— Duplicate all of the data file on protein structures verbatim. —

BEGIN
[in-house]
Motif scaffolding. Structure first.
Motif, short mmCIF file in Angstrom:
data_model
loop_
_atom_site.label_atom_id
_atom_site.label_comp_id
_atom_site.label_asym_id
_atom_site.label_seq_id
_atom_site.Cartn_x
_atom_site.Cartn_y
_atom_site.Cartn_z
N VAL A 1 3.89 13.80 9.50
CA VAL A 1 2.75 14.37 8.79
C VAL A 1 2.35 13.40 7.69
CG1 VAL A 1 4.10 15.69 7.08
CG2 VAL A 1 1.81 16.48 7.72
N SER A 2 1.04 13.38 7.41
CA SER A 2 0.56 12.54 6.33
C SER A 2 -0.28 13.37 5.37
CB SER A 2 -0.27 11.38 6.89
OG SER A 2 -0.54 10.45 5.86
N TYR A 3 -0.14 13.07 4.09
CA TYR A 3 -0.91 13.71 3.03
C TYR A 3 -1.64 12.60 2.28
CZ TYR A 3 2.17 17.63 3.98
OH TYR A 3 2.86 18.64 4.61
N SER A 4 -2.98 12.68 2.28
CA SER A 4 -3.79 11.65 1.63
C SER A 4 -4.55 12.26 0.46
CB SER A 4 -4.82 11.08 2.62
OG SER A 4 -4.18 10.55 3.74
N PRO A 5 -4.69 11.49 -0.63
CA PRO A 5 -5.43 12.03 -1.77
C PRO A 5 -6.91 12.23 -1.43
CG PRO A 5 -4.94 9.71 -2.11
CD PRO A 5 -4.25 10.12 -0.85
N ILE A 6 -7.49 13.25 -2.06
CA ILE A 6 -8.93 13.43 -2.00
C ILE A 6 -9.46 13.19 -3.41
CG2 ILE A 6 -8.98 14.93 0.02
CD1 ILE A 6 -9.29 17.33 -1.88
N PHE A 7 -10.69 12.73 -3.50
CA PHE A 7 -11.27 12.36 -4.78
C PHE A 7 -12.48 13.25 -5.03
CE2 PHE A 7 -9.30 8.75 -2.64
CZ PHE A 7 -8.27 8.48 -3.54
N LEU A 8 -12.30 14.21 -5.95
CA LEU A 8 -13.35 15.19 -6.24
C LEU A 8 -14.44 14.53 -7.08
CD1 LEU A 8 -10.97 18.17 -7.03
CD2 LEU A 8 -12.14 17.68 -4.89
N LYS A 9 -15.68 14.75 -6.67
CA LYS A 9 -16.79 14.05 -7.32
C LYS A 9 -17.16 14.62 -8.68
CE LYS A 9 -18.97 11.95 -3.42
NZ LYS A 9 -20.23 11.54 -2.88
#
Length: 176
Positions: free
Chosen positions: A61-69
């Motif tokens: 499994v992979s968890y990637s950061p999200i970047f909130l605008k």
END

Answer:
[in-house]
Motif scaffolding. Structure first.
Motif, short mmCIF file in Angstrom:
data_model
loop_
_atom_site.label_atom_id
_atom_site.label_comp_id
_atom_site.label_asym_id
_atom_site.label_seq_id
_atom_site.Cartn_x
_atom_site.Cartn_y
_atom_site.Cartn_z
N VAL A 1 3.89 13.80 9.50
CA VAL A 1 2.75 14.37 8.79
C VAL A 1 2.35 13.40 7.69
CG1 VAL A 1 4.10 15.69 7.08
CG2 VAL A 1 1.81 16.48 7.72
N SER A 2 1.04 13.38 7.41
CA SER A 2 0.56 12.54 6.33
C SER A 2 -0.28 13.37 5.37
CB SER A 2 -0.27 11.38 6.89
OG SER A 2 -0.54 10.45 5.86
N TYR A 3 -0.14 13.07 4.09
CA TYR A 3 -0.91 13.71 3.03
C TYR A 3 -1.64 12.60 2.28
CZ TYR A 3 2.17 17.63 3.98
OH TYR A 3 2.86 18.64 4.61
N SER A 4 -2.98 12.68 2.28
CA SER A 4 -3.79 11.65 1.63
C SER A 4 -4.55 12.26 0.46
CB SER A 4 -4.82 11.08 2.62
OG SER A 4 -4.18 10.55 3.74
N PRO A 5 -4.69 11.49 -0.63
CA PRO A 5 -5.43 12.03 -1.77
C PRO A 5 -6.91 12.23 -1.43
CG PRO A 5 -4.94 9.71 -2.11
CD PRO A 5 -4.25 10.12 -0.85
N ILE A 6 -7.49 13.25 -2.06
CA ILE A 6 -8.93 13.43 -2.00
C ILE A 6 -9.46 13.19 -3.41
CG2 ILE A 6 -8.98 14.93 0.02
CD1 ILE A 6 -9.29 17.33 -1.88
N PHE A 7 -10.69 12.73 -3.50
CA PHE A 7 -11.27 12.36 -4.78
C PHE A 7 -12.48 13.25 -5.03
CE2 PHE A 7 -9.30 8.75 -2.64
CZ PHE A 7 -8.27 8.48 -3.54
N LEU A 8 -12.30 14.21 -5.95
CA LEU A 8 -13.35 15.19 -6.24
C LEU A 8 -14.44 14.53 -7.08
CD1 LEU A 8 -10.97 18.17 -7.03
CD2 LEU A 8 -12.14 17.68 -4.89
N LYS A 9 -15.68 14.75 -6.67
CA LYS A 9 -16.79 14.05 -7.32
C LYS A 9 -17.16 14.62 -8.68
CE LYS A 9 -18.97 11.95 -3.42
NZ LYS A 9 -20.23 11.54 -2.88
#
Length: 176
Positions: free
Chosen positions: A61-69
């Motif tokens: 499994v992979s968890y990637s950061p999200i970047f909130l605008k």